Autumn is undoubtedly one of the most beautiful times to visit Kyoto. As the leaves change colour, they transform the landscape into an enchanting patchwork of crimson, orange, and gold that will take your breath away.
Our Kyoto autumn foliage calendar shows you the best dates to view fall leaves in different places in the prefecture. To make your experience extra special, we recommend choosing a lesser-known location outside of Kyoto City. That way, you can avoid the crowds and immerse yourself in the region’s stunning natural beauty.
Here are eight of the most peaceful and photogenic spots to enjoy Kyoto’s fall foliage.
Located high on the mountainside, Nariai-ji Temple overlooks the Amanohashidate sandbar. A thin strip of green pine trees and white sand, it ranks among the three most scenic places in all of Japan. In addition to this gorgeous view, the temple has expansive grounds to explore, including a pond and bell tower. Perhaps its most striking feature is the soaring five-story pagoda. The sight of it surrounded by blazing red and yellow autumn leaves with the blue water of Miyazu Bay in the background is a quintessential image of Kyoto in the fall.
Nariai-ji Temple is located on a mountainside overlooking Amanohashidate” which is considered one of the three most scenic spots in Japan. There is an endless line of visitors to the temple, as it is …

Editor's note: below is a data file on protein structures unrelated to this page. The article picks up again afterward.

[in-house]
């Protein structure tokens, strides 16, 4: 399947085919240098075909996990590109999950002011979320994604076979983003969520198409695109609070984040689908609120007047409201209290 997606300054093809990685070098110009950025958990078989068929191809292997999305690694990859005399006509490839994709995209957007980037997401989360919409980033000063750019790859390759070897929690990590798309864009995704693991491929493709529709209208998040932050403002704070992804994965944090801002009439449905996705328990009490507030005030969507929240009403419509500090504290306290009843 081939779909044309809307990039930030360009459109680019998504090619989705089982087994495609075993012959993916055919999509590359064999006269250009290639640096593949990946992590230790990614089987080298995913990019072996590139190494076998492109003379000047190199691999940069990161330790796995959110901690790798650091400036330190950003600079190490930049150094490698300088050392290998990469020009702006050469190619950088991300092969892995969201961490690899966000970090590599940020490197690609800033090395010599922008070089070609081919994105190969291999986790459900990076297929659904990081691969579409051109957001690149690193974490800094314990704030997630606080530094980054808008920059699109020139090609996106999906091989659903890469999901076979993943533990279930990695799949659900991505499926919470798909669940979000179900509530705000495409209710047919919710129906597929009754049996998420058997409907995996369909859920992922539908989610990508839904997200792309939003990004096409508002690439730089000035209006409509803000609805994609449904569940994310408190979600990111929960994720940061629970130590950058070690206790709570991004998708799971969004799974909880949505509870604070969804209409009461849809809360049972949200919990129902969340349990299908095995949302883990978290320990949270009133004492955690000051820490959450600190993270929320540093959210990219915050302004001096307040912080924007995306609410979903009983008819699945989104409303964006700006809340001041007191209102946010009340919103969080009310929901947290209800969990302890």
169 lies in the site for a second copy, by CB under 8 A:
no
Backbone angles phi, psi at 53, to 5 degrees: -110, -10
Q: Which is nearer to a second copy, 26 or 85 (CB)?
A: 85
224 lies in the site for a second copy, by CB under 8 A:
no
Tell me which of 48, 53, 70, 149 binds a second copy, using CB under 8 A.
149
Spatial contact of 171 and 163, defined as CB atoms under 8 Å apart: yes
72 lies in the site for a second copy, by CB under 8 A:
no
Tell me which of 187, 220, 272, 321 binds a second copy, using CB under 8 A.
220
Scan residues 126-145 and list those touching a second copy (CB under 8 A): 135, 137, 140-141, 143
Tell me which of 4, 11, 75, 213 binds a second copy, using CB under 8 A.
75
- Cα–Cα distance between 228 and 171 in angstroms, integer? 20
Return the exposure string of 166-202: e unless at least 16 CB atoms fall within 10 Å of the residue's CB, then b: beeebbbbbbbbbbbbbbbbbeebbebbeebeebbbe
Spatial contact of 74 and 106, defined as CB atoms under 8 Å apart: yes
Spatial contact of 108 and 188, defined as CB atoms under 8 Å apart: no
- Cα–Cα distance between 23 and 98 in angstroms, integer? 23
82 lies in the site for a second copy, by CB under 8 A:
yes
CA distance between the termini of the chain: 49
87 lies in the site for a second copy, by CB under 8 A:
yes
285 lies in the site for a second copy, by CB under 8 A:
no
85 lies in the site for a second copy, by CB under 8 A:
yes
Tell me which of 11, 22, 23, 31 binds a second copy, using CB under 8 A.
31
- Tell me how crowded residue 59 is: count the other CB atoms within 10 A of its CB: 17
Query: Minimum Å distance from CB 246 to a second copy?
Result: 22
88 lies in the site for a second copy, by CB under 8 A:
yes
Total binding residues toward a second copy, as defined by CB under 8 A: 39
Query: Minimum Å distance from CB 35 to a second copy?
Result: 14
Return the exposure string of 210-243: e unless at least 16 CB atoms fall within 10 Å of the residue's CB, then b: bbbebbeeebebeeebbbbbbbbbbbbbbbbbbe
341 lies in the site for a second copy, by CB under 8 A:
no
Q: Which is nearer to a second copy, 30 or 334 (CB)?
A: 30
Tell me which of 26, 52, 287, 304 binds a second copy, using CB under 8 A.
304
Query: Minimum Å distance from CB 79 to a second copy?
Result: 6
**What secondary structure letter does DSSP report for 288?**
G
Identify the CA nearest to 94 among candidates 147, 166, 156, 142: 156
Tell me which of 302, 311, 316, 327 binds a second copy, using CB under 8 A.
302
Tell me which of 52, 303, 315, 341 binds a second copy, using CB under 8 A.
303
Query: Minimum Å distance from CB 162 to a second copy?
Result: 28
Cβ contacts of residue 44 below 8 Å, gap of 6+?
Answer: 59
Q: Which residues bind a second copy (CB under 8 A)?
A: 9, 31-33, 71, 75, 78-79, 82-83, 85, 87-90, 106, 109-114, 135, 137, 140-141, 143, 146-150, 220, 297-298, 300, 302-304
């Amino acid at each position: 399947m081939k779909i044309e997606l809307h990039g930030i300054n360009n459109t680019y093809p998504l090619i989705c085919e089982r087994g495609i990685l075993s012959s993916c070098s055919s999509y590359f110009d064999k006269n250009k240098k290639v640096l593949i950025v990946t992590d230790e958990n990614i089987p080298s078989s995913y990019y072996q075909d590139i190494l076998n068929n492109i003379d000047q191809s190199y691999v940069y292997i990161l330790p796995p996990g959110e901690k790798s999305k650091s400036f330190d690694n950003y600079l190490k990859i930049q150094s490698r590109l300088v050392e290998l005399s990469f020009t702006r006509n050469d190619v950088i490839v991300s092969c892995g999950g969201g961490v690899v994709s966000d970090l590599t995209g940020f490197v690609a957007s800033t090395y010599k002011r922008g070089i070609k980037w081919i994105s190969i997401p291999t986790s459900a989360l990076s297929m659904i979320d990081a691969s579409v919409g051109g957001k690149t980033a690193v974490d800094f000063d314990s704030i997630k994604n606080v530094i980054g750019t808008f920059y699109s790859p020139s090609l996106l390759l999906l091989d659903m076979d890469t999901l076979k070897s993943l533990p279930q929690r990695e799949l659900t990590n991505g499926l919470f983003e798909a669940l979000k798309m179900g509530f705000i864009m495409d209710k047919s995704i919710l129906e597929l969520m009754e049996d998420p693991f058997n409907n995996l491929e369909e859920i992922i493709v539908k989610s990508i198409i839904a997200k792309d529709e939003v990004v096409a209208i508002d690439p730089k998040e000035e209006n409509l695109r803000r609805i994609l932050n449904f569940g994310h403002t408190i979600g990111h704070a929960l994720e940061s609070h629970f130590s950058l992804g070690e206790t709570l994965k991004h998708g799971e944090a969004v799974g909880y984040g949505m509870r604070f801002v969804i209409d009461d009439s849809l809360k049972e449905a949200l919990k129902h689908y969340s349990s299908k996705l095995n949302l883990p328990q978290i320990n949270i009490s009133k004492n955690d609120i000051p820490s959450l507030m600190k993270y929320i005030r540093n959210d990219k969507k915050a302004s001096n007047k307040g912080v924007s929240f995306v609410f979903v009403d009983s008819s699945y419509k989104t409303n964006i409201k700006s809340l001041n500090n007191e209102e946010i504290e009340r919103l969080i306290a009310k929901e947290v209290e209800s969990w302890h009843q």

You’ll find the Omoto Headquarters on the banks of the tranquil Yura River, just a 15-minute walk from Ayabe Station. Also known as Baisho-en, the grounds contain several beautiful halls with space dedicated to traditional Japanese arts such as aikido and Noh theatre. What’s more, the surrounding Kinryukai garden is one of the best spots to enjoy Kyoto fall foliage. It’s filled with maple trees that turn vibrant shades of fiery scarlet and rich maroon, carpeting the ground with their distinctive palmate leaves.
Omoto Headquarters (Ayabe/Baishoen)
Oomoto Baisho-en is located along the banks of the Yura River that runs through Ayabe City in the Woodland Kyoto. It is the home of the religious organization “Omoto Baisho-en” and was opened in 1892. …
Hiking is an unbeatable Kyoto autumn activity, and the Hozukyo Gorge is one of the most pleasant locations for a fall stroll. It stretches from the Hozu Bridge in Kameoka City to Arashiyama’s iconic Togetsu-kyo Bridge, following the Hozugawa River as it carves a narrow channel between the mountains. For a truly unforgettable experience, take a thrilling two-hour boat ride along the rapids. As the boatsmen navigate the rocks and pools, you can admire the fabulous collage of red, orange, and yellow trees dotting the hillsides.
The Hozukyo Gorge, which stretches from the Hozu Bridge area in Kameoka City to Arashiyama’s Togetsu-kyo Bridge, is known as one of the most beautiful such gorges in Kyoto. The boat ride down the Hozu …
Tucked away in the former castle town of Kameoka, Kuwayama Shrine dates back to 709. It sits in a basin that’s said to have been a lake long ago, which is why the surrounding land is so fertile. Today, there are over 1,000 maple trees growing in the shrine grounds. When fall arrives, the autumn leaves ignite in a magnificent canopy of red to match the vermillion torii gates and lanterns they surround.